Last week-end, I was in Brussels, Belgium for the 2017 edition of the FOSDEM, one of the greatest open source developer conference. This year, I decided to propose a talk about Gnocchi which was accepted in the Python devroom. The track was very ... [More] wlell organized (thanks to Stéphane Wirtel) and I was able to present Gnocchi to a room full of Python developers! I've explained why we created Gnocchi and how we did it, and finally briefly explained how to use it with the command-line interface or in a Python application using the SDK. You can check the slides and the video of the talk. [Less]
Posted 25 days ago
Seems that there was a rift in the spacetime that sucked away the video of my LCA talk, but the awesome NextDayVideo team managed to pull it back out. And there’s still the writeup and slides available.
Posted 26 days ago
It's always difficult to know when to release, and we really wanted to do it earlier. But it seems that each week more awesome work was being done in Gnocchi, so we kept delaying it while having no pressure to push it out. A photo posted by ... [More] Julien Danjou (@juldanjou) on Jan 22, 2017 at 5:43am PST I've made my own gnocchis to celebrate! But now that the OpenStack cycle is finishing, even Gnocchi does not strictly follow it, it seemed to be a good time to cut the leash and leave this release be. There are again some major new changes coming from 3.0. The previous version 3.0 was tagged in October and had 90 changes merged from 13 authors since 2.2. This 3.1 version have 200 changes merged from 24 different authors. This is a great improvement of our contributor base and our rate of change – even if our delay to merge is very low. Once again, we pushed usage of release notes to document user visible changes, and they can be read online. Therefore, I am going to summary quickly the major changes: The REST API authentication mechanism has been modularized. It's now simple to provide any authentication mechanism for Gnocchi as a plugin. The default is now a HTTP basic authentication mechanism that does not implement any kind of enforcement. The Keystone authentication is still available, obviously. Batching has been improved and can now create metrics on the fly, reducing the latency needed when pushing measures to non-existing metrics. This is leveraged by the collectd-gnoccchi plugin for example. The performance of Carbonara based backend has been largely improved. This is not really listed as a change as it's not user-visible, but an amazing work of profiling and rewriting code from Pandas to NumPy has been done. While Pandas is very developer-friendly and generic, using NumPy directly offers way more performance and should decrease gnocchi-metricd CPU usage by a large factor. The storage has been split into two parts: the storage of incoming new measures to be processed, and the storage and archival of aggregated metrics. This allows to use e.g. file to store new measures being sent, and once processed store them into e.g. Ceph. Before that change, all the new measures had to go into Ceph. While there's no specific driver yet for incoming measures, it's easy to envision a driver for systems like Redis or Memcached. A new Amazon S3 driver has been merged. It works in the same way than the file or OpenStack Swift drivers. I will write more about some of these new features in the upcoming weeks, as they are very interesting for Gnocchi's users. We are planning to run a scalability test and benchmarks using the ScaleLab in a few weeks if everything goes as planned. I will obviously share the result here, but we also submitted a talk for the next OpenStack Summit in Boston to present the results of our scalability and performance tests – hoping the session will be accepted. I will also be talking about Gnocchi this Sunday at FOSDEM. We don't have a very determined roadmap for Gnocchi during the next weeks. Sure we do have a few ideas on what we want to implement, but we are also very easily influenced by the requests of our user: therefore feel free to ask for anything! [Less]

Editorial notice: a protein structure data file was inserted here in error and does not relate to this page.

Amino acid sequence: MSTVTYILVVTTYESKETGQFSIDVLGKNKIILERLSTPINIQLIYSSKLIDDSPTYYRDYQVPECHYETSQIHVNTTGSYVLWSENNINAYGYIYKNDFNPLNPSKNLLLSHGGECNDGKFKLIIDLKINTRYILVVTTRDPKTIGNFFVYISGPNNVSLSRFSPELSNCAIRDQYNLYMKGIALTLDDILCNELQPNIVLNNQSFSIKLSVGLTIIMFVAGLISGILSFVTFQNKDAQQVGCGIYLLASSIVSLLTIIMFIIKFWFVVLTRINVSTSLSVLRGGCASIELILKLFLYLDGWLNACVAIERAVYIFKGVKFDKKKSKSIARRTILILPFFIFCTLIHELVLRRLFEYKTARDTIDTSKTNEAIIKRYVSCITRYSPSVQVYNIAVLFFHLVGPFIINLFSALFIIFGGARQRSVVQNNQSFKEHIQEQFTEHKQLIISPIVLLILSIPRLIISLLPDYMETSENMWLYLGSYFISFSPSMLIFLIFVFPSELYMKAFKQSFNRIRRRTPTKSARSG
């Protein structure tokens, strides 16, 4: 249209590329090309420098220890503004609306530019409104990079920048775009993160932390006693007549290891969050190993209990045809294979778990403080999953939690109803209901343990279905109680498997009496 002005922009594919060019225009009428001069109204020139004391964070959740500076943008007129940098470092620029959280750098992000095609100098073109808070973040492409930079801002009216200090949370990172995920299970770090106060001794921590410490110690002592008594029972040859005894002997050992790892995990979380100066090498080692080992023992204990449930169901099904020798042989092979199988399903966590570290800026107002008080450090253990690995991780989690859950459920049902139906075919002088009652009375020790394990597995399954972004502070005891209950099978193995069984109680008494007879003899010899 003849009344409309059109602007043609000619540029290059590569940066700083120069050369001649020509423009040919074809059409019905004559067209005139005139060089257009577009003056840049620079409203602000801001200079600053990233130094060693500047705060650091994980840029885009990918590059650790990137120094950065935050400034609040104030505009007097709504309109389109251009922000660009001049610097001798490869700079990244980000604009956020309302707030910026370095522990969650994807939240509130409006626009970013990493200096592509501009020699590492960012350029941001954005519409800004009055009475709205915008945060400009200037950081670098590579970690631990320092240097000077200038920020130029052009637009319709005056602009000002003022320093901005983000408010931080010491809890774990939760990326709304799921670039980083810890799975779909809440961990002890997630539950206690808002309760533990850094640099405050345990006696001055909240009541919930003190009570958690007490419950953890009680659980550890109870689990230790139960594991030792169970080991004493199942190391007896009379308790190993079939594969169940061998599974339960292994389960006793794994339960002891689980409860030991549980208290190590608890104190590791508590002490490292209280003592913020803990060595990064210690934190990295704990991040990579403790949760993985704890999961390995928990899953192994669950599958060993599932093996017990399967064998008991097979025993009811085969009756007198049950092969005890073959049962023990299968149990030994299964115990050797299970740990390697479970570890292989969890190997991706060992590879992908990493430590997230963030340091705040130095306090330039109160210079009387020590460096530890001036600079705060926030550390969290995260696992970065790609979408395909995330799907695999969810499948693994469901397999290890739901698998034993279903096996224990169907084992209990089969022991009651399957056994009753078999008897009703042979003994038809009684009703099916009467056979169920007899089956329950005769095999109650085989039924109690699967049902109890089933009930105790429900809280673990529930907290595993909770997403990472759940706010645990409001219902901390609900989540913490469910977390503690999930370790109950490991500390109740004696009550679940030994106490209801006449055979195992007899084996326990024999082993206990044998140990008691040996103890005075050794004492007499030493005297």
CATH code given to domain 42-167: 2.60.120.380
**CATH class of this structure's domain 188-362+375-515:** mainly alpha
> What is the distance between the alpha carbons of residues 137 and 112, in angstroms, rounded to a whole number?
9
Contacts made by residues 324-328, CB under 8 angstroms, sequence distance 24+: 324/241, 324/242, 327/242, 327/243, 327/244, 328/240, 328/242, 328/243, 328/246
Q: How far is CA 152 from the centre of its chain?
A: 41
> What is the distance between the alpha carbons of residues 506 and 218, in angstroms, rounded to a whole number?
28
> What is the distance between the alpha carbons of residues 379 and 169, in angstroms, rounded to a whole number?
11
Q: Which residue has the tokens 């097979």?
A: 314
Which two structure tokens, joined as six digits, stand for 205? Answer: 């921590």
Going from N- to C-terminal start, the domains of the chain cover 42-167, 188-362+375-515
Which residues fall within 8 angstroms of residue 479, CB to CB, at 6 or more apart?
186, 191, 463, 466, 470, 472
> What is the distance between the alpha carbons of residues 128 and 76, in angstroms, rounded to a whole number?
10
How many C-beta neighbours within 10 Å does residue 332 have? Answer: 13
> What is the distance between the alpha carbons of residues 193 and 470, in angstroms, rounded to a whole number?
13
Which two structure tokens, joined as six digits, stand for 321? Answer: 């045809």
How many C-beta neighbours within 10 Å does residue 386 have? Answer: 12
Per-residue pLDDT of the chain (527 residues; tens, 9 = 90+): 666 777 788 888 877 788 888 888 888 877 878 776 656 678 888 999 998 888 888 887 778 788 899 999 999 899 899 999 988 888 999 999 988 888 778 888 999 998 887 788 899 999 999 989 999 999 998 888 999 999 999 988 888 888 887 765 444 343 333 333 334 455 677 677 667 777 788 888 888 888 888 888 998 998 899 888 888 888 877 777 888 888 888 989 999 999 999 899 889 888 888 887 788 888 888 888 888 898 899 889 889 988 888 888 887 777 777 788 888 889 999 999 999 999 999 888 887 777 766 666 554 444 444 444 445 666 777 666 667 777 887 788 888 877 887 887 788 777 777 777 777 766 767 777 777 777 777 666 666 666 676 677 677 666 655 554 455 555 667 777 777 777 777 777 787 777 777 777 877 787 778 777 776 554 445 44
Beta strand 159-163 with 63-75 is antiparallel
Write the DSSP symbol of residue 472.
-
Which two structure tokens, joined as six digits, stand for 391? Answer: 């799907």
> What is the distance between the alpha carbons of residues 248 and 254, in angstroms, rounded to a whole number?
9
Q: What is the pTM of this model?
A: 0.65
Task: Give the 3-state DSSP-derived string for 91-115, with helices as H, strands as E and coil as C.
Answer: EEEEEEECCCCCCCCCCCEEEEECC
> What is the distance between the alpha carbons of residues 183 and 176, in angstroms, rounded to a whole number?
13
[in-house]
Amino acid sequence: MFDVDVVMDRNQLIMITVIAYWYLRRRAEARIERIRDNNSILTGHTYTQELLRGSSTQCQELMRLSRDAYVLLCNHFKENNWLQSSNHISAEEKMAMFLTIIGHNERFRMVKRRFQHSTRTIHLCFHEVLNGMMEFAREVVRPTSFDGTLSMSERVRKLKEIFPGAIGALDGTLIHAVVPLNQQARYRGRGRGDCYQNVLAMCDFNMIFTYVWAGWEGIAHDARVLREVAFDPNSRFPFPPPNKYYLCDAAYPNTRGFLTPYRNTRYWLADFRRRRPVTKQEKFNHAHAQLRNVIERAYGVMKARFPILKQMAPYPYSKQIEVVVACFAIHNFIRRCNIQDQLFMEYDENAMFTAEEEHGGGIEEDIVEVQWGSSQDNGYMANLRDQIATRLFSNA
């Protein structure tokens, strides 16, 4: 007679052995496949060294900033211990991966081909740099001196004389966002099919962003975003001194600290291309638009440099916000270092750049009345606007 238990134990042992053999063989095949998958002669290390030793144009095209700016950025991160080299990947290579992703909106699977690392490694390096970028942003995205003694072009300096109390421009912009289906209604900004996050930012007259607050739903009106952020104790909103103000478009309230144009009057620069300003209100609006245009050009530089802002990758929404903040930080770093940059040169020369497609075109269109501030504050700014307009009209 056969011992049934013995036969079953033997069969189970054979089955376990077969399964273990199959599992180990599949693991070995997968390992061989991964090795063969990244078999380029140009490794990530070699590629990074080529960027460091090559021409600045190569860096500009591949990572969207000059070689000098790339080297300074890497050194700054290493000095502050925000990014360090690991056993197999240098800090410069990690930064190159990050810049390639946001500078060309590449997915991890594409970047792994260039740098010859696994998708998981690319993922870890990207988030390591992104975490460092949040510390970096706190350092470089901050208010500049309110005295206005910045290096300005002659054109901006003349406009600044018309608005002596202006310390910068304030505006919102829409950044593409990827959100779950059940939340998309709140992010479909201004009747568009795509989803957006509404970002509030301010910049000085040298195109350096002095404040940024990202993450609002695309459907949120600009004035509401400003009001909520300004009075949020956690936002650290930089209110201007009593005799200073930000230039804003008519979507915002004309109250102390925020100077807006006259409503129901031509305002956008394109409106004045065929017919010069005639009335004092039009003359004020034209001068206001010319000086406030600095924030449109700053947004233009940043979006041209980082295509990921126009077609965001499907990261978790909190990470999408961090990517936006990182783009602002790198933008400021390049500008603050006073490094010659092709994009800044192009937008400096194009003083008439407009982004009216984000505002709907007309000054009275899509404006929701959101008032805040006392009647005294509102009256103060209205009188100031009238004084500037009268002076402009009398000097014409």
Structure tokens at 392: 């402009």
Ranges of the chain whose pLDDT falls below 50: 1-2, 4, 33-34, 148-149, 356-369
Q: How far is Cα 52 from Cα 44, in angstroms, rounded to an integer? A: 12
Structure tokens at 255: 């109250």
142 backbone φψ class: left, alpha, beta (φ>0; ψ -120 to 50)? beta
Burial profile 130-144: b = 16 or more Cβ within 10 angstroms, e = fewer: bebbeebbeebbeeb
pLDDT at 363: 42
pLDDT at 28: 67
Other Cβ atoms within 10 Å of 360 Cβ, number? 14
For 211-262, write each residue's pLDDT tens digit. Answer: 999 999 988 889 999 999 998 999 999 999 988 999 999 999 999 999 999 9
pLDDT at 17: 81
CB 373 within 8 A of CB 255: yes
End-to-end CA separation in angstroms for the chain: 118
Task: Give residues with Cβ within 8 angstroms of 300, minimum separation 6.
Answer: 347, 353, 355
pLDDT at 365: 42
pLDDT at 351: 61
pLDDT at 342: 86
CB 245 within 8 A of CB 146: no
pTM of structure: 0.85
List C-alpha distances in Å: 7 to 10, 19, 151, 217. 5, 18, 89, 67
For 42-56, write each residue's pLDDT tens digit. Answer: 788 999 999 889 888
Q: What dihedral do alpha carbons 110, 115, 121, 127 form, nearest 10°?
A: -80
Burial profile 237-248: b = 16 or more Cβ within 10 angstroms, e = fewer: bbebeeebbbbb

Posted 27 days ago